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Joe Mixon and Oklahoma are quintessentially a huge part of a lingering problem (Graphic Video)

Coming off of an incredible Rose Bowl which saw USC narrowly defeat Penn State, I settled in to watch what I thought was going to be an excellent Sugar Bowl between Auburn and Oklahoma. Due to the length of the the Rose Bowl the audience joined the Sugar Bowl in progress. The audience was greeted by ESPN commentator Brent Musburger who was quick to point out that Oklahoma running back Joe Mixon did not start the game. Who is Joe Mixon? Why should you care?

Mixon is a 20 year old running back from Oakley, California. His career got off to a rocky start at Oklahoma in 2014. Shortly after signing with Oklahoma, Mixon was involved in an altercation with a woman inside of a Norman, OK restaurant. The woman, Amelia Molitor was the recipient of a violent hook from Mixon that left her with multiple injuries. According to the Milwaukee Journal Sentinel she suffered a broken jaw and cheekbone.

Conflicting reports surfaced on exactly how the entire incident transpired. In a statement to the police, Molitor said that she shoved Mixon after he harassed one of her friends with a homophobic slur. Mixon defended himself by saying that he heard one of her friends make a racist comment towards him. Regardless, what happened next should never occur.

Clearly this is a cowardly act by Mixon that could have been avoided. There are more adult ways to approach conflict resolution. This video was made public a few weeks before Oklahoma was scheduled to make an appearance at the Sugar Bowl. As one could imagine there was a ton of public outcry. Reporter Morgan Moriarty described the video in a simple way. "It's Ray Rice all over again" said Moriarty. She recalled that when the Rice incident first came about he was only suspended two games by NFL commissioner Roger Goodell. The whole Ray Rice incident was quite alarming when the public first saw footage and shed a light on domestic violence. While this isn't domestic violence, it's violence and equally as troubling.

As a result of this incident, Mixon was suspended for the whole 2014 season and was allowed to rejoin the team in 2015. As part of a plea deal, Mixon was allowed to serve a deferred sentence. This included 100 hours of community service and cognitive behavior counseling. This is a joke, Joe Mixon is a grown man striking someone that he outweighs considerably. The even more unsettling part is the defense that Mixon recieved from Brent Musburger.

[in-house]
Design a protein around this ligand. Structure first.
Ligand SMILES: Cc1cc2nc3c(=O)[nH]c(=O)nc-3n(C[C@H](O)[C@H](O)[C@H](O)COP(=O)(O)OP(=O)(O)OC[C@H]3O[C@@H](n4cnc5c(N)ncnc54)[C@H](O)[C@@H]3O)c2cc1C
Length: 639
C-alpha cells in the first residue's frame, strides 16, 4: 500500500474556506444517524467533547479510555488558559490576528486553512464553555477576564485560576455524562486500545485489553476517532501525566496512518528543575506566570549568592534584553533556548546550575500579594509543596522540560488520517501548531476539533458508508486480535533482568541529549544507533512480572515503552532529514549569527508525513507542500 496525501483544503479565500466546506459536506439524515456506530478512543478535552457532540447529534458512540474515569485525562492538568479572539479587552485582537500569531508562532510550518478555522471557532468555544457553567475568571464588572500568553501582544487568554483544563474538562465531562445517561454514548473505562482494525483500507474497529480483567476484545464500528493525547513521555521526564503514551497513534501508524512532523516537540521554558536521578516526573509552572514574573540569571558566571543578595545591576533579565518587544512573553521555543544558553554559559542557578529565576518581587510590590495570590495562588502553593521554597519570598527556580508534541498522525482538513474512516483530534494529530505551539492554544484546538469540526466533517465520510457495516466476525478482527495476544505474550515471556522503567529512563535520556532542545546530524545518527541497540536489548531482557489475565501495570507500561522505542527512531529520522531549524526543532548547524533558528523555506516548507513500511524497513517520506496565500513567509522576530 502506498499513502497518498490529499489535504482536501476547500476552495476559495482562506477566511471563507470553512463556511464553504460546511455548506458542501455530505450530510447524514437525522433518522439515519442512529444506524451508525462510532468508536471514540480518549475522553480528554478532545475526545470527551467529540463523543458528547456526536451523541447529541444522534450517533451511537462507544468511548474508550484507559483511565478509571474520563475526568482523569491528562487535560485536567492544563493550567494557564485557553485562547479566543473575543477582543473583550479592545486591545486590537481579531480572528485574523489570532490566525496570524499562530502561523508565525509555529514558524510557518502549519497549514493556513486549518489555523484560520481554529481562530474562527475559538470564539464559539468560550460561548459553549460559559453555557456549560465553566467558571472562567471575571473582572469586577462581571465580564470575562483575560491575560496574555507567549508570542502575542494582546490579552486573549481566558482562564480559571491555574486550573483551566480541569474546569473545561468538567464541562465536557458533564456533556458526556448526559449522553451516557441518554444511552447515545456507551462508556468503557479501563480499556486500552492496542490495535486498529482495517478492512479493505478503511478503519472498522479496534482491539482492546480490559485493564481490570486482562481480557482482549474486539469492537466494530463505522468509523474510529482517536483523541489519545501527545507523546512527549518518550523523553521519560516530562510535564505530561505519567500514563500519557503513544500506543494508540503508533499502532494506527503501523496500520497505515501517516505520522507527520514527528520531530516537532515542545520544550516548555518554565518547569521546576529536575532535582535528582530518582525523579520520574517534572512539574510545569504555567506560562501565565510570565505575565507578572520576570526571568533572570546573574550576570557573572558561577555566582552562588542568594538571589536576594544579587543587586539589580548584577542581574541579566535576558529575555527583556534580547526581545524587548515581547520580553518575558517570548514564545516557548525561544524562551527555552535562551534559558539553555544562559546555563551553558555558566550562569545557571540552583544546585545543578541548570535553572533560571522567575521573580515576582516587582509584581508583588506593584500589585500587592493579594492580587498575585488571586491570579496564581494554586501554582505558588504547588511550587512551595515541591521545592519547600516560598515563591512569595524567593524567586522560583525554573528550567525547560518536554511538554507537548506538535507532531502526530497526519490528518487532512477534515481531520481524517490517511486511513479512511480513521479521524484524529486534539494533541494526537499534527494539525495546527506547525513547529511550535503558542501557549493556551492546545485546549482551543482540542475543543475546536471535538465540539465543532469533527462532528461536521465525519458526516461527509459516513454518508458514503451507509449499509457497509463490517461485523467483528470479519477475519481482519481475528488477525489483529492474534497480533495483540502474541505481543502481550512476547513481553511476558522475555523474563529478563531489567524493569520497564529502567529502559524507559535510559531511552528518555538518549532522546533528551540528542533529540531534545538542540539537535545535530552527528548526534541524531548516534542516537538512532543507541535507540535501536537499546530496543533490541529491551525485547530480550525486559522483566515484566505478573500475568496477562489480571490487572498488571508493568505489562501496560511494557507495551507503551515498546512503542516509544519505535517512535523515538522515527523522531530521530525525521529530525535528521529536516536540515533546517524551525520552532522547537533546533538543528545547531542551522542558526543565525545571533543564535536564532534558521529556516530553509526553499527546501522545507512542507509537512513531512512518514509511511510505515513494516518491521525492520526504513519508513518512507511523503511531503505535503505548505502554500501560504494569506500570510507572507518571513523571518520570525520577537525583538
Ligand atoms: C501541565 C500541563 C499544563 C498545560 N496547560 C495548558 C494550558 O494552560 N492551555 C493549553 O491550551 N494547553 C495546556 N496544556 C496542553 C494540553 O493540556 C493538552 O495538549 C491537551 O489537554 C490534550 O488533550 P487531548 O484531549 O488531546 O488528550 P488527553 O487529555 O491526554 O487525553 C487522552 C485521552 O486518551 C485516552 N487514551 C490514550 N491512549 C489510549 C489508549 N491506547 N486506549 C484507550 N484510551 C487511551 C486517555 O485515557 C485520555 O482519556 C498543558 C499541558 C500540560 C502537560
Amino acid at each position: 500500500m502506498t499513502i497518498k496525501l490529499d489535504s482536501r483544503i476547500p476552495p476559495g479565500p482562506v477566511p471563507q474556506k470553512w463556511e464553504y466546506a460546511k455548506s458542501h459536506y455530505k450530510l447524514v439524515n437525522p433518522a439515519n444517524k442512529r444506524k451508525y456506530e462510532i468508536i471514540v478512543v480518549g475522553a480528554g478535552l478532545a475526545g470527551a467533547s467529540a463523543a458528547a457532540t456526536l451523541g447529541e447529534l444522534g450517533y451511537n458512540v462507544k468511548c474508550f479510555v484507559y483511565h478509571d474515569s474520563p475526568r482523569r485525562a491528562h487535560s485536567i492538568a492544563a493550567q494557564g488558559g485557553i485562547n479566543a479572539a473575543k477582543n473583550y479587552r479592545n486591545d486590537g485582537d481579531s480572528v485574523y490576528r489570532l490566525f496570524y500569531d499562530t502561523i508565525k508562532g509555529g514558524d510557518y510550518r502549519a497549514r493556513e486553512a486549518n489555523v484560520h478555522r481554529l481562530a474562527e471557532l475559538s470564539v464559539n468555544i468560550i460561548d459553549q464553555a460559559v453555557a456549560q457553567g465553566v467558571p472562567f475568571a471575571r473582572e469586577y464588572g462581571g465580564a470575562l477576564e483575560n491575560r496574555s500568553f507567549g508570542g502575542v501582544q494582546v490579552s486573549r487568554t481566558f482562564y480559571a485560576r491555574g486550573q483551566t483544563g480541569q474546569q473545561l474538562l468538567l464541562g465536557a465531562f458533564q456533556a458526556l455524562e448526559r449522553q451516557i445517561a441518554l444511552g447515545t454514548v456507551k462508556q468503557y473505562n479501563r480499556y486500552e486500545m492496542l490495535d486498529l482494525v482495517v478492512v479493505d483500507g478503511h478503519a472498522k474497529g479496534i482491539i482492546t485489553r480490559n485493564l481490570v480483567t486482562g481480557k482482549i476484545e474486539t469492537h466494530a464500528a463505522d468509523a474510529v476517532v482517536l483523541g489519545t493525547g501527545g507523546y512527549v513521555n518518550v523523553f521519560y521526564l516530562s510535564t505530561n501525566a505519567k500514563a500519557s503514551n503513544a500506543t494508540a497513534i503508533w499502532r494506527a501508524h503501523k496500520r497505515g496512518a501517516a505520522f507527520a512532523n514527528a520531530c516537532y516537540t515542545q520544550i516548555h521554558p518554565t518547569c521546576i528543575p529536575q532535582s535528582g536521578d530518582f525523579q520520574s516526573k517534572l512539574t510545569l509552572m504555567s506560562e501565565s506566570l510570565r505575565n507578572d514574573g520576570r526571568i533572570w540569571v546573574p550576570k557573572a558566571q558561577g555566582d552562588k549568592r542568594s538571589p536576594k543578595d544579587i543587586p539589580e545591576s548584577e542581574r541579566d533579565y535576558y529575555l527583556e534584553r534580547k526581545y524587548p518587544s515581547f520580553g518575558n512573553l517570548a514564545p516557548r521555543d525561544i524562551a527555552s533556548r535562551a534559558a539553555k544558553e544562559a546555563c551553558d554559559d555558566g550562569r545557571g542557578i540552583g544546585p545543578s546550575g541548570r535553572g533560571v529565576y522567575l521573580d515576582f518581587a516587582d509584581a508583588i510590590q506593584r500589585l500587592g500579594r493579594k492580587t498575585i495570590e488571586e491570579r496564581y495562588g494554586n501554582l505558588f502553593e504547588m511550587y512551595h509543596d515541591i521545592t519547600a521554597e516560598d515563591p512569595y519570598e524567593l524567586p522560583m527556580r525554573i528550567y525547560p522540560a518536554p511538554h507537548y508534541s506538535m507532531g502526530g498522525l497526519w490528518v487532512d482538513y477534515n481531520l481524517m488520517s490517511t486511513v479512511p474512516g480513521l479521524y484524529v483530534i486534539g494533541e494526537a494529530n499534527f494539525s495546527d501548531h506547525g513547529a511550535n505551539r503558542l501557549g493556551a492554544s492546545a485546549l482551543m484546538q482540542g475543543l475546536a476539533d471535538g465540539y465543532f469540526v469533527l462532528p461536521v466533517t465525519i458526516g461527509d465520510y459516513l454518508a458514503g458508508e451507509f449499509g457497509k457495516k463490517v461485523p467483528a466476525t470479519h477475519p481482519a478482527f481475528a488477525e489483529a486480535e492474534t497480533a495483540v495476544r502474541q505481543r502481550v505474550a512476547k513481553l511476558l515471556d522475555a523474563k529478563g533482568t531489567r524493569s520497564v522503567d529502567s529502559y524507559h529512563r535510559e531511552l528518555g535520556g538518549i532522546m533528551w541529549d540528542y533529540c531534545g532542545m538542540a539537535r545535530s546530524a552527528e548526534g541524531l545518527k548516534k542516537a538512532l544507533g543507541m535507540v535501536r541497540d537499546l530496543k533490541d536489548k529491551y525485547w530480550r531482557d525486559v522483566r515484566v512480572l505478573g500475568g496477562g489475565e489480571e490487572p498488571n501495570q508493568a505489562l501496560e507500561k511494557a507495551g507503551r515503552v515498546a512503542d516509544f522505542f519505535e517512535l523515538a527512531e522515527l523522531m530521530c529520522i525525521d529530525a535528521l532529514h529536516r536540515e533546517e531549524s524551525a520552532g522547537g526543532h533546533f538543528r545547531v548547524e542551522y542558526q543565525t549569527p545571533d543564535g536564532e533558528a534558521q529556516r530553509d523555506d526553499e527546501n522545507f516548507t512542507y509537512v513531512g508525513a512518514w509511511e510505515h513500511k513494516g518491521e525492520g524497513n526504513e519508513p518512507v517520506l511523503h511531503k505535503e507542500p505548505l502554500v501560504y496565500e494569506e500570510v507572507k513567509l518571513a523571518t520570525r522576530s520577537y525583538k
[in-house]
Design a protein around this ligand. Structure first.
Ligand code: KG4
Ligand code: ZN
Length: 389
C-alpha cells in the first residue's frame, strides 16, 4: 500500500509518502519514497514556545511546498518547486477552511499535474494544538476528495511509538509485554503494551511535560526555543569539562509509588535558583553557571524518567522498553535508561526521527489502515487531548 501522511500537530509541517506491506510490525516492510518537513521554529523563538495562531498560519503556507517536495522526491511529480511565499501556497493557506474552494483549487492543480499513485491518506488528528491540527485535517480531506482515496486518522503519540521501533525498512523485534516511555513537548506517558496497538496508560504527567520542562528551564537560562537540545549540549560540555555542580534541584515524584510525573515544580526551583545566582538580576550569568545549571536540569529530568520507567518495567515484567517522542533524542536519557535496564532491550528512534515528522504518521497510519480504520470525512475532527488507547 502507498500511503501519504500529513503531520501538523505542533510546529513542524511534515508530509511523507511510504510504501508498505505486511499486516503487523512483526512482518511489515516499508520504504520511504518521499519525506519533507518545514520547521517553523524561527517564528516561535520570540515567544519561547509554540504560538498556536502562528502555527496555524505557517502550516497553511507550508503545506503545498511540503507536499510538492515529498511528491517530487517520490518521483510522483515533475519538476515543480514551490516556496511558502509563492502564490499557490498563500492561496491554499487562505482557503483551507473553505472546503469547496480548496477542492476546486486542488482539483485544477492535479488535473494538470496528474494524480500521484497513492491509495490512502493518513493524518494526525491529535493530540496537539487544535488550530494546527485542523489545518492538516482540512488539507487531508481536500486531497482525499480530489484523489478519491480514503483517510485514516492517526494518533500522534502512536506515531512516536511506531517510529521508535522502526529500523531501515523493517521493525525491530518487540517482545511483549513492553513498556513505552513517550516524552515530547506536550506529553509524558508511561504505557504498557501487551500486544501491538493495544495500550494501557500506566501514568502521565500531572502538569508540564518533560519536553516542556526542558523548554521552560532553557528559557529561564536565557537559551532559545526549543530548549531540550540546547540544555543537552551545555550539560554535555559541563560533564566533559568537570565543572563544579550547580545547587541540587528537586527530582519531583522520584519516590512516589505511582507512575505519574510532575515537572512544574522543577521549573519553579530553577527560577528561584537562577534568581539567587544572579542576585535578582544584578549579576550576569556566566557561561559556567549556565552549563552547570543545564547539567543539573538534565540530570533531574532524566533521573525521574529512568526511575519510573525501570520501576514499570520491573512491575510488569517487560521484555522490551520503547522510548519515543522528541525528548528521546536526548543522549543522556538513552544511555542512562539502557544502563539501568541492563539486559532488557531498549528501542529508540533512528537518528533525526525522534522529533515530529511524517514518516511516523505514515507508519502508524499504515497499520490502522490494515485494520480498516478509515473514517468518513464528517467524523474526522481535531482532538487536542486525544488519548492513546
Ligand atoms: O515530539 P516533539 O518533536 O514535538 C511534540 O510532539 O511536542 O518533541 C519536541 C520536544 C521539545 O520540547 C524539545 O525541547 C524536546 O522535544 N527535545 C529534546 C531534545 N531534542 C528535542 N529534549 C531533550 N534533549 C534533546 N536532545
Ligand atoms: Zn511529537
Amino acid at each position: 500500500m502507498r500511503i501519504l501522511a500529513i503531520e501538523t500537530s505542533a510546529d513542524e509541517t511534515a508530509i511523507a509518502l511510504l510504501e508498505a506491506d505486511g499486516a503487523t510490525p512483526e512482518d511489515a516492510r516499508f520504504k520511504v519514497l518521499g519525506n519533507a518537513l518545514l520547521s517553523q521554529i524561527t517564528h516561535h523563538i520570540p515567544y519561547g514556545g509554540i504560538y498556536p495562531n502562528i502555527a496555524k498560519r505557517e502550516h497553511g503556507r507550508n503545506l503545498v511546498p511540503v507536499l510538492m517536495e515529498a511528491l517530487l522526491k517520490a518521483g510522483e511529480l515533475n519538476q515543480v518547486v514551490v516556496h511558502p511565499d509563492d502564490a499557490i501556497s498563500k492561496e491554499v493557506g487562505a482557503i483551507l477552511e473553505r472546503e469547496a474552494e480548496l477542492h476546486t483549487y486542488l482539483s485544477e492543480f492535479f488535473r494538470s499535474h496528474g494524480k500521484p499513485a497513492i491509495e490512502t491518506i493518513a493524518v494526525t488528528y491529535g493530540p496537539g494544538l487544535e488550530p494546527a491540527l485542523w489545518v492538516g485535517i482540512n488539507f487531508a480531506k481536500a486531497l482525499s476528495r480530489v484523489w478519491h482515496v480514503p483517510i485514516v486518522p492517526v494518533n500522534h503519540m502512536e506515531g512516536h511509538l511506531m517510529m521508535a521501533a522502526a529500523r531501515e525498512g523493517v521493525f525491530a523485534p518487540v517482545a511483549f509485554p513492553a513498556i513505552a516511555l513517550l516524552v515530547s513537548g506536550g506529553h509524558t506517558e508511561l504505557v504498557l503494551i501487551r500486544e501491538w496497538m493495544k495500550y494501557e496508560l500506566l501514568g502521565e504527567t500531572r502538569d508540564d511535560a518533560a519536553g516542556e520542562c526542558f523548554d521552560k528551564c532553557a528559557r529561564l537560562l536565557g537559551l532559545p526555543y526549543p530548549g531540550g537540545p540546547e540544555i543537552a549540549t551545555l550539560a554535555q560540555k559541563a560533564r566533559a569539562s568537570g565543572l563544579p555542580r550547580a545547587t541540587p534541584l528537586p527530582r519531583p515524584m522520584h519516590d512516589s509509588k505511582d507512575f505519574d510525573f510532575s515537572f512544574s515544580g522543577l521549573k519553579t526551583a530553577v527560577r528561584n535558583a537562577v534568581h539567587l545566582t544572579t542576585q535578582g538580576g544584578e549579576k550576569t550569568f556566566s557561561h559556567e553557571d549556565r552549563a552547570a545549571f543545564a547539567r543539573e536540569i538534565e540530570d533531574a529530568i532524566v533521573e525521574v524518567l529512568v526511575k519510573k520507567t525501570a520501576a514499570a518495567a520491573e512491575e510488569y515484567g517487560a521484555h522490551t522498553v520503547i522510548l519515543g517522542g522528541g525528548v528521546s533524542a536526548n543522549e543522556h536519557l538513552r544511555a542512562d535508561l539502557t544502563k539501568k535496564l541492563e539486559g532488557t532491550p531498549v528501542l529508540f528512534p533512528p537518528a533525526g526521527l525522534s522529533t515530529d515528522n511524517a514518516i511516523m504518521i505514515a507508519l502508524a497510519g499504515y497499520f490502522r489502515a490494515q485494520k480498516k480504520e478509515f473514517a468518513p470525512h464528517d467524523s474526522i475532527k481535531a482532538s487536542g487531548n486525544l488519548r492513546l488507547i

Musburger made it clear that Mixon didn't start the game and almost seemed proud of the fact. Musburger then went on to say that Mixon was "fine" and went on to say "Folks, he is just one of the best, and lets hope, given a second chance by Bob Stoops and Oklahoma, let's hope that this young man makes the most of his chance and goes on to have a career in the National Football League." I immediately asked "What about Amelia Molitor?" Immediate outrage occurred on twitter as many people took to social media to talk about Musburger's comments.

This isn't the first time that Musburger was in hot water for comments he made during the game. A couple of years ago, he made some rather uncomfortable comments about former Alabama Quarterback AJ McCarron's then girlfriend Katherine Webb. Saying "Why do all the QBs get all the pretty girls." ESPN quickly addressed the outrage about Mixon on social media and made Musburger apologize on-air. The apology was half-hearted and insincere.

What happened with Mixon is part of a larger issue. We tend to forgive athletes because of their actions on the field. As a society we need to hold these athletes accountable because they are not above the law. It has also been reported that Mixon recently was ticketed by the OU Police Department and that he tore up a parking ticket. What type of example does Mixon set for young fans? Mixon declared for the draft on Thursday. One must wonder if Mixon's character flaw will effect his draft stock.

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